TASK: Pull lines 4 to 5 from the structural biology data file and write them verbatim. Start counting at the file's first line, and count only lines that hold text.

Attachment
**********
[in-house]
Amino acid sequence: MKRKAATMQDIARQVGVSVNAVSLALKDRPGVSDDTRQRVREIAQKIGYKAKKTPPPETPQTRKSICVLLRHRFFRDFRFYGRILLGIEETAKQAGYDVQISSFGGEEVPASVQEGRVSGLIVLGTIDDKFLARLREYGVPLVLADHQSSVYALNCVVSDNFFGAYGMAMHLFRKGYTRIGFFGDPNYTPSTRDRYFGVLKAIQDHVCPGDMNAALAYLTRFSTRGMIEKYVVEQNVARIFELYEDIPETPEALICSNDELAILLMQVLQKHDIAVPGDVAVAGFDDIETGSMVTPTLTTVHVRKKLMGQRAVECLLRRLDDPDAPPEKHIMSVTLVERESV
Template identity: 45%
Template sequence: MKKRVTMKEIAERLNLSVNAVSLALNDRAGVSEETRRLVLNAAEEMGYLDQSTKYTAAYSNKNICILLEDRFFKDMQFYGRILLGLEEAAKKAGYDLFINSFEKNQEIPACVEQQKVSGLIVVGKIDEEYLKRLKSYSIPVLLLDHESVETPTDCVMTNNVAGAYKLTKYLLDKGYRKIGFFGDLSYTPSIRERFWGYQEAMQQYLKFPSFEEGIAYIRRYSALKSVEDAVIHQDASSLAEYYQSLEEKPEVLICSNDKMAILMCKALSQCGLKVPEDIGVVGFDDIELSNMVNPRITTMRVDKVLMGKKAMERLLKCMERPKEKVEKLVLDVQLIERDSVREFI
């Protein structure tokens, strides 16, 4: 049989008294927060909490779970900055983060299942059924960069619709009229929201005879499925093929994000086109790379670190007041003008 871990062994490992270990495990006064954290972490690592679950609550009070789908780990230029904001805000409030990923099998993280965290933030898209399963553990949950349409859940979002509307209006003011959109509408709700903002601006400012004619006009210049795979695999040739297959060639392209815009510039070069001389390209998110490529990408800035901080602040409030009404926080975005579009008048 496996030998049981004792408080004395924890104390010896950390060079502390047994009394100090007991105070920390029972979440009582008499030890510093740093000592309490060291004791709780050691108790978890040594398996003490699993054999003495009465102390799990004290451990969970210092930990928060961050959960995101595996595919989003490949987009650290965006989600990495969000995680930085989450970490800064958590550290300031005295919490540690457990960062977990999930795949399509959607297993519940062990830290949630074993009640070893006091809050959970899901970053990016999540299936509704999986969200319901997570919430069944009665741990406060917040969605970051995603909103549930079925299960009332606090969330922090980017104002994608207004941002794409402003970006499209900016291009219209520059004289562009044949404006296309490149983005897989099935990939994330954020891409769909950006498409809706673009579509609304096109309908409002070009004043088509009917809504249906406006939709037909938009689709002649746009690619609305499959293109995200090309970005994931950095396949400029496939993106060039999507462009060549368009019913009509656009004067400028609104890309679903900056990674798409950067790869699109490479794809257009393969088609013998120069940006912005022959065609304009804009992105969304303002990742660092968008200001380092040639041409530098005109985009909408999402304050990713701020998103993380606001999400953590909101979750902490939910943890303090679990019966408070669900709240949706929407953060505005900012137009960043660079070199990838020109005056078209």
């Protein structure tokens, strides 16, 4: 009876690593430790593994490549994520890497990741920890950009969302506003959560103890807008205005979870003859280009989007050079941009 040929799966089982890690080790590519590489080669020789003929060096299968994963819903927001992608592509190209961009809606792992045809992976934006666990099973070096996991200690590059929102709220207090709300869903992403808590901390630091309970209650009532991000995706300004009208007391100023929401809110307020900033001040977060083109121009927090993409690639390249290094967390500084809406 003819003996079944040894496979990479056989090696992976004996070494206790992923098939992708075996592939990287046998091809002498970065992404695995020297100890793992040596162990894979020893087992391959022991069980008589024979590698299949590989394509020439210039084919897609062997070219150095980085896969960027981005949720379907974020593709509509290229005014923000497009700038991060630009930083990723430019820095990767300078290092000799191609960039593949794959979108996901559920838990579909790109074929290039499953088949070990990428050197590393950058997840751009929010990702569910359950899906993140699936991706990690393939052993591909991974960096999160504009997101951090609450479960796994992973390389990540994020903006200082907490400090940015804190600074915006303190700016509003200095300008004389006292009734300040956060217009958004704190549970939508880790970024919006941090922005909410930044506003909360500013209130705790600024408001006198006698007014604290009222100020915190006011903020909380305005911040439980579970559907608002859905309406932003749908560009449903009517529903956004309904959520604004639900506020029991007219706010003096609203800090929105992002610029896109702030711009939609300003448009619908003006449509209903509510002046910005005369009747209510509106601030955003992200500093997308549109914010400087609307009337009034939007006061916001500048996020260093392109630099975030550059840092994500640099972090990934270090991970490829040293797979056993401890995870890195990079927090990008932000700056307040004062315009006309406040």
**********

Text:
Template sequence: MKKRVTMKEIAERLNLSVNAVSLALNDRAGVSEETRRLVLNAAEEMGYLDQSTKYTAAYSNKNICILLEDRFFKDMQFYGRILLGLEEAAKKAGYDLFINSFEKNQEIPACVEQQKVSGLIVVGKIDEEYLKRLKSYSIPVLLLDHESVETPTDCVMTNNVAGAYKLTKYLLDKGYRKIGFFGDLSYTPSIRERFWGYQEAMQQYLKFPSFEEGIAYIRRYSALKSVEDAVIHQDASSLAEYYQSLEEKPEVLICSNDKMAILMCKALSQCGLKVPEDIGVVGFDDIELSNMVNPRITTMRVDKVLMGKKAMERLLKCMERPKEKVEKLVLDVQLIERDSVREFI
């Protein structure tokens, strides 16, 4: 049989008294927060909490779970900055983060299942059924960069619709009229929201005879499925093929994000086109790379670190007041003008 871990062994490992270990495990006064954290972490690592679950609550009070789908780990230029904001805000409030990923099998993280965290933030898209399963553990949950349409859940979002509307209006003011959109509408709700903002601006400012004619006009210049795979695999040739297959060639392209815009510039070069001389390209998110490529990408800035901080602040409030009404926080975005579009008048 496996030998049981004792408080004395924890104390010896950390060079502390047994009394100090007991105070920390029972979440009582008499030890510093740093000592309490060291004791709780050691108790978890040594398996003490699993054999003495009465102390799990004290451990969970210092930990928060961050959960995101595996595919989003490949987009650290965006989600990495969000995680930085989450970490800064958590550290300031005295919490540690457990960062977990999930795949399509959607297993519940062990830290949630074993009640070893006091809050959970899901970053990016999540299936509704999986969200319901997570919430069944009665741990406060917040969605970051995603909103549930079925299960009332606090969330922090980017104002994608207004941002794409402003970006499209900016291009219209520059004289562009044949404006296309490149983005897989099935990939994330954020891409769909950006498409809706673009579509609304096109309908409002070009004043088509009917809504249906406006939709037909938009689709002649746009690619609305499959293109995200090309970005994931950095396949400029496939993106060039999507462009060549368009019913009509656009004067400028609104890309679903900056990674798409950067790869699109490479794809257009393969088609013998120069940006912005022959065609304009804009992105969304303002990742660092968008200001380092040639041409530098005109985009909408999402304050990713701020998103993380606001999400953590909101979750902490939910943890303090679990019966408070669900709240949706929407953060505005900012137009960043660079070199990838020109005056078209």